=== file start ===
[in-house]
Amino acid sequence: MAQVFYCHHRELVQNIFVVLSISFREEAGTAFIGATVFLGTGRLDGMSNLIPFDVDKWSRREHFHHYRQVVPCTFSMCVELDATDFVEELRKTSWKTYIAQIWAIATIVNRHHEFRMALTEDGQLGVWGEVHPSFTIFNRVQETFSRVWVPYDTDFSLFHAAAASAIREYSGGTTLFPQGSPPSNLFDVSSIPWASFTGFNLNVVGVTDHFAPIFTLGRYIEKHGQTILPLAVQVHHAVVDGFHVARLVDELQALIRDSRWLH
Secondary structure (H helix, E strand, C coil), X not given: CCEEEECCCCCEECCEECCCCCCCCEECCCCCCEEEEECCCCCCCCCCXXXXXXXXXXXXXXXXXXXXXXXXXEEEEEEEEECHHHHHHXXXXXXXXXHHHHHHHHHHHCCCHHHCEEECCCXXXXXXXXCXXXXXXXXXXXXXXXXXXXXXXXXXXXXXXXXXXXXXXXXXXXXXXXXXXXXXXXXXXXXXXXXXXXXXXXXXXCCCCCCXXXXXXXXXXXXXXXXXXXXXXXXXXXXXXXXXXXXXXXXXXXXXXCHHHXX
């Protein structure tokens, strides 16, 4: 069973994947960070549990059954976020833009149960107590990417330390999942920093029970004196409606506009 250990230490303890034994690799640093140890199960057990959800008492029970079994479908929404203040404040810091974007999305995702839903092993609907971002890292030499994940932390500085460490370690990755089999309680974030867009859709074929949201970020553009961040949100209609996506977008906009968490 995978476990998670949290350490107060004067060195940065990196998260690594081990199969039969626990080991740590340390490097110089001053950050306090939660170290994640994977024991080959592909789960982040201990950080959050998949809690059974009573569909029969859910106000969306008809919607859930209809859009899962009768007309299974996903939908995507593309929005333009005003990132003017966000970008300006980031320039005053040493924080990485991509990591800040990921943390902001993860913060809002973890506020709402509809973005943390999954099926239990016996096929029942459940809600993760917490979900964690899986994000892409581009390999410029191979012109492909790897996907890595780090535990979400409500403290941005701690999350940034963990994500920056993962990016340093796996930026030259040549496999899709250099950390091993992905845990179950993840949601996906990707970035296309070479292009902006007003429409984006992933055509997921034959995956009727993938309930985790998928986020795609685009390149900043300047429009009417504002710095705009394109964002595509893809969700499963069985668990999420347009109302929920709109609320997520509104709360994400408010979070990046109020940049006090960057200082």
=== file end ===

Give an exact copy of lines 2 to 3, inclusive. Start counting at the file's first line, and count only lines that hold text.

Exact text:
Amino acid sequence: MAQVFYCHHRELVQNIFVVLSISFREEAGTAFIGATVFLGTGRLDGMSNLIPFDVDKWSRREHFHHYRQVVPCTFSMCVELDATDFVEELRKTSWKTYIAQIWAIATIVNRHHEFRMALTEDGQLGVWGEVHPSFTIFNRVQETFSRVWVPYDTDFSLFHAAAASAIREYSGGTTLFPQGSPPSNLFDVSSIPWASFTGFNLNVVGVTDHFAPIFTLGRYIEKHGQTILPLAVQVHHAVVDGFHVARLVDELQALIRDSRWLH
Secondary structure (H helix, E strand, C coil), X not given: CCEEEECCCCCEECCEECCCCCCCCEECCCCCCEEEEECCCCCCCCCCXXXXXXXXXXXXXXXXXXXXXXXXXEEEEEEEEECHHHHHHXXXXXXXXXHHHHHHHHHHHCCCHHHCEEECCCXXXXXXXXCXXXXXXXXXXXXXXXXXXXXXXXXXXXXXXXXXXXXXXXXXXXXXXXXXXXXXXXXXXXXXXXXXXXXXXXXXXCCCCCCXXXXXXXXXXXXXXXXXXXXXXXXXXXXXXXXXXXXXXXXXXXXXXCHHHXX